Unbearable Lightness – Book Review

by Leisa on January 3, 2011

Over the Christmas holidays, I read several books, and Unbearable Lightness by Portia de Rossi was one of them.  The book was an intimate journey through Portia’s battle with anorexia, and provided a chilling insight into the thought patterns that shape and inform this tragic disorder.

Having always been interested in food and health, which can sometimes be a way of exerting control, in my early years I had brushes with anorexia and bulimia but was lucky enough to never move into a full blown manifestation of these diseases.  My flirtation with them was brief, and I moved into a more health conscious and balanced state as I learned and read more and more about food as medicine and healing.  I also saw those problems as a part of the greater issue of low self-esteem and I was already doing a lot of personal development work to heal those demons in my head, which kept me from moving further into problems with food.  Guidance that Portia desperately needed, but didn’t get in those formative developing years.

Unfortunately there are some similarities in the thought patterns of guilt and obsession that cross over into the health and raw food world.  Being 100% raw can be an absolute healing gift for many people, but for some others it can become a dangerous obsession that takes them away from their friends, family and society and is a means of establishing control over themselves and gives a feeling of superiority via that control. That can be harmful and detrimental to health, no matter what type of good quality food is consumed.

One thing that I loved about this book, was that at the end when Portia was describing her recovery, she says “Managing the disorder – thinking about food to any degree other than something nutritious and enjoyable – is, to me, the very definition of disordered eating. I didn’t just want to maintain my weight, suppress the urge to purge, and still have a list of foods that were ‘safe’ to eat. I never wanted to think about food and weight ever again. For me, that’s the definition of recovered.”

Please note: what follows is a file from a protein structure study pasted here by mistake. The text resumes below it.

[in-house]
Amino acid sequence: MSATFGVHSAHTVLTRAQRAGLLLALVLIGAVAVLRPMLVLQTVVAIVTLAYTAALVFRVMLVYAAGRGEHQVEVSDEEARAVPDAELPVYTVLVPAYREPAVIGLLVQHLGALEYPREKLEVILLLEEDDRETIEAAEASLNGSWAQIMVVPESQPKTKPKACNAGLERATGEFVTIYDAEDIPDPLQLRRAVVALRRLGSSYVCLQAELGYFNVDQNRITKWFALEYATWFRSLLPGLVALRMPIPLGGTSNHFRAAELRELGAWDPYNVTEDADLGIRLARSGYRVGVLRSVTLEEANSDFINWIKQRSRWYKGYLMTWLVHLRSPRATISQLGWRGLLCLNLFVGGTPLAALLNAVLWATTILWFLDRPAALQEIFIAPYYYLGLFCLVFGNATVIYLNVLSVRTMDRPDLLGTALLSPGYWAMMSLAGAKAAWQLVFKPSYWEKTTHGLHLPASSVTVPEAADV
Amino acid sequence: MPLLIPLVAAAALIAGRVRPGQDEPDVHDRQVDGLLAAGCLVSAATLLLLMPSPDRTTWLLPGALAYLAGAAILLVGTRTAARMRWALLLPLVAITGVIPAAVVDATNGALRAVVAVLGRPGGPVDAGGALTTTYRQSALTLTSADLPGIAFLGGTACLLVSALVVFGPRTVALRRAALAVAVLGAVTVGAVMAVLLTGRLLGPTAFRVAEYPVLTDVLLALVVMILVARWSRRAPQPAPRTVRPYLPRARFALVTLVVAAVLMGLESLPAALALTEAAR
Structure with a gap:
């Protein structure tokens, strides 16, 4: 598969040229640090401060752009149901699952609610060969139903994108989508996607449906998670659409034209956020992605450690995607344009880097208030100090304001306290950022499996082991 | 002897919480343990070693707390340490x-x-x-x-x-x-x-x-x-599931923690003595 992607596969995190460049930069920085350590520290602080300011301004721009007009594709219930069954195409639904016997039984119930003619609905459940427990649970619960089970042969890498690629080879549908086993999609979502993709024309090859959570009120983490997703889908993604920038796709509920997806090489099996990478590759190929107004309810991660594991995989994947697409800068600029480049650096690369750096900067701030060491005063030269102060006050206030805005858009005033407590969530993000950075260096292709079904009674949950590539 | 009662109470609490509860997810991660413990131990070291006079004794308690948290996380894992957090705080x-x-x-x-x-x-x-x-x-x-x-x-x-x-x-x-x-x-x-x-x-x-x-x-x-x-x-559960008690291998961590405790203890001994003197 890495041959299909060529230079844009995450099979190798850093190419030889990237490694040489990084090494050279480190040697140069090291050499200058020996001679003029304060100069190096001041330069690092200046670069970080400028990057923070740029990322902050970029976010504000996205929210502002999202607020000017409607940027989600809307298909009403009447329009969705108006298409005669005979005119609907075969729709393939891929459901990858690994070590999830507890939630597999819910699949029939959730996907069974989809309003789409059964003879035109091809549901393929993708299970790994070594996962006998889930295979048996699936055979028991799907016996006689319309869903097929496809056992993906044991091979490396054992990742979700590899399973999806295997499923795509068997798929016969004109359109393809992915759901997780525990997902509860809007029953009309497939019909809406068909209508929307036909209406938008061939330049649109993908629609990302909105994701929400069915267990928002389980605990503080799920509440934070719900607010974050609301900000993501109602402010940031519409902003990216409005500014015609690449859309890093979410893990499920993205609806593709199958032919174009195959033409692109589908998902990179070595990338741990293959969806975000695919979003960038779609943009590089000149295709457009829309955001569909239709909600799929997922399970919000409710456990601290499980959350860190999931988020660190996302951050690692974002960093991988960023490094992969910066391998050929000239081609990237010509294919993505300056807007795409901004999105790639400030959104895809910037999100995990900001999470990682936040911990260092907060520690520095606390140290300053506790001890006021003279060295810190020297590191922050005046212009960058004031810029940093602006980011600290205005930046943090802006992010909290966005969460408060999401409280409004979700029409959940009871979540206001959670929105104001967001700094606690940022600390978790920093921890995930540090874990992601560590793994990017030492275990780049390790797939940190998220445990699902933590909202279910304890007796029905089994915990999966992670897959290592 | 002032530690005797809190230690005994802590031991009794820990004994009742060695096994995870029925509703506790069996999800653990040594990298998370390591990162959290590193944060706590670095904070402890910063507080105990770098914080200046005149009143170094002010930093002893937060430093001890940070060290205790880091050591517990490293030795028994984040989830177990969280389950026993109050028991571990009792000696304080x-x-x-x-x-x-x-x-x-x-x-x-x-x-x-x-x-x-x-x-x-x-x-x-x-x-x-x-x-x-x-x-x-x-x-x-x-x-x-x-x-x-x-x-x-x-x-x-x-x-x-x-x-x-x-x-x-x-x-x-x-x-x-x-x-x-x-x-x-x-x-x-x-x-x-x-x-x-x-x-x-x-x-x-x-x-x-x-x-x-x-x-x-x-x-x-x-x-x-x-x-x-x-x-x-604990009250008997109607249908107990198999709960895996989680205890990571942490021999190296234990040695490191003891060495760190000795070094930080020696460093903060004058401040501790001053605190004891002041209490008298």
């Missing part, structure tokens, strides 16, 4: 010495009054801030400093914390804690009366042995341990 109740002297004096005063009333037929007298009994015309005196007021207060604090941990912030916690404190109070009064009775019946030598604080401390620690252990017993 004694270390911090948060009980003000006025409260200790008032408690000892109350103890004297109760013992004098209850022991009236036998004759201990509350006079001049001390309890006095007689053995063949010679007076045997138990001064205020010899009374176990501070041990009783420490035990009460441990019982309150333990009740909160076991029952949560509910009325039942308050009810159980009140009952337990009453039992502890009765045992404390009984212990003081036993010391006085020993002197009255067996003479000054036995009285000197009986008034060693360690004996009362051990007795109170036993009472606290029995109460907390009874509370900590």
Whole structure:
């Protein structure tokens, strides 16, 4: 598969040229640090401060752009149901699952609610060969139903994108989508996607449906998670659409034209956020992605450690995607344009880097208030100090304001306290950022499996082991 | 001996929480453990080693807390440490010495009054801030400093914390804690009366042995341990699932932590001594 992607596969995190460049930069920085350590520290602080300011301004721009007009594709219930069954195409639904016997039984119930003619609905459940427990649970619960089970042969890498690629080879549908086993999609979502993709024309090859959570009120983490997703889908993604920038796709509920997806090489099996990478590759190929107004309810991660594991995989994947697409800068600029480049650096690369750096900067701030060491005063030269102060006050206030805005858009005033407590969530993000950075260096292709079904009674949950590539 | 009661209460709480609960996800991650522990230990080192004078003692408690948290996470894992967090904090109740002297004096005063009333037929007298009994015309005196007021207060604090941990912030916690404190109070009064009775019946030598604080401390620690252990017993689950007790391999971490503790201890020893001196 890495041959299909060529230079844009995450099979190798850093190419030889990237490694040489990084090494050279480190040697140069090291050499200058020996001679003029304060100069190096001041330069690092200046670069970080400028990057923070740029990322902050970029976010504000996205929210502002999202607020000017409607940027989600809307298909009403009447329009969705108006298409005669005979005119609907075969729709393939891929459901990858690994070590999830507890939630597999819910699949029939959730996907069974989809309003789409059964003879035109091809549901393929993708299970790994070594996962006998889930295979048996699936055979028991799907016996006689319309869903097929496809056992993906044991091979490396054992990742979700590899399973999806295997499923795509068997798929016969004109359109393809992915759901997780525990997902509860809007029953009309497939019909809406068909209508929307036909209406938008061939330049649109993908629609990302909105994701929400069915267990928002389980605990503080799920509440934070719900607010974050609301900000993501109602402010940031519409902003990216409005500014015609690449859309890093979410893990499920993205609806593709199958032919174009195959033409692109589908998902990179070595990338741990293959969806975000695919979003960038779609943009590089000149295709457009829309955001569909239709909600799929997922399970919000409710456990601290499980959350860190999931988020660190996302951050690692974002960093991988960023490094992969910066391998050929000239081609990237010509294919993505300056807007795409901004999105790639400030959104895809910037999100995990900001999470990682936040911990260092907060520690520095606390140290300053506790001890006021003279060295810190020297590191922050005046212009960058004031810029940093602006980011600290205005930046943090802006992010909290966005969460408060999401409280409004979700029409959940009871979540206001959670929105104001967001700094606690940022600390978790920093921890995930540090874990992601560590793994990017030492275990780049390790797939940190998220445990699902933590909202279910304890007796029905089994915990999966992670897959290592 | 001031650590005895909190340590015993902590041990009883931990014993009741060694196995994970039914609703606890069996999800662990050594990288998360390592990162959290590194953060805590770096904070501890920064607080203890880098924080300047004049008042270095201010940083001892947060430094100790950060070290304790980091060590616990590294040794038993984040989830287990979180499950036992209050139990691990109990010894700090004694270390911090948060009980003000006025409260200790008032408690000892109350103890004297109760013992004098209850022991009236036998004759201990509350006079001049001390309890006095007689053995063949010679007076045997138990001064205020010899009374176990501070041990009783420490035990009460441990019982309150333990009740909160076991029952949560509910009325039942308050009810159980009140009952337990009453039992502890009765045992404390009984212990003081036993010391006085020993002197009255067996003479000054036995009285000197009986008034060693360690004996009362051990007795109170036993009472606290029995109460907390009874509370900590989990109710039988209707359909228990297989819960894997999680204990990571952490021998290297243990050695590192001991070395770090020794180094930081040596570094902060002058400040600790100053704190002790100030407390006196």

She also describes how she never limits herself in regards to food, and how knowing that she can eat whatever she wants to, whenever she want to, led her to heal. She also credits this way of conscious eating with her natural move into becoming a vegan, as she listened to how her body felt when she ate different foods.  This philosophy around food is very similar to that of Charles Eisenstein, the author of “The Yoga of Eating” (see my blog post Raw Vegan Obsessions) who also recovered his health through letting go of his obsession with “right” and “wrong” food, and developed the practice of mindful eating instead.

I found the book to be an honest and touching memoir, and it clearly highlights the absurdity of our media culture’s fixation on portraying anorexic bodies as the ideal of health.  Let’s not fall for it.



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2 commentsAdd comment

Matthew Brown January 22, 2011 at 12:12 pm

Hi Leisa,

Thanks for your review of Unbearable Lightness. You made some interesting comments.

I have given the 100% raw thing a serious go so I can relate to what you say about obsession with 100% raw and the difficulty that creates with fitting in with family and friends.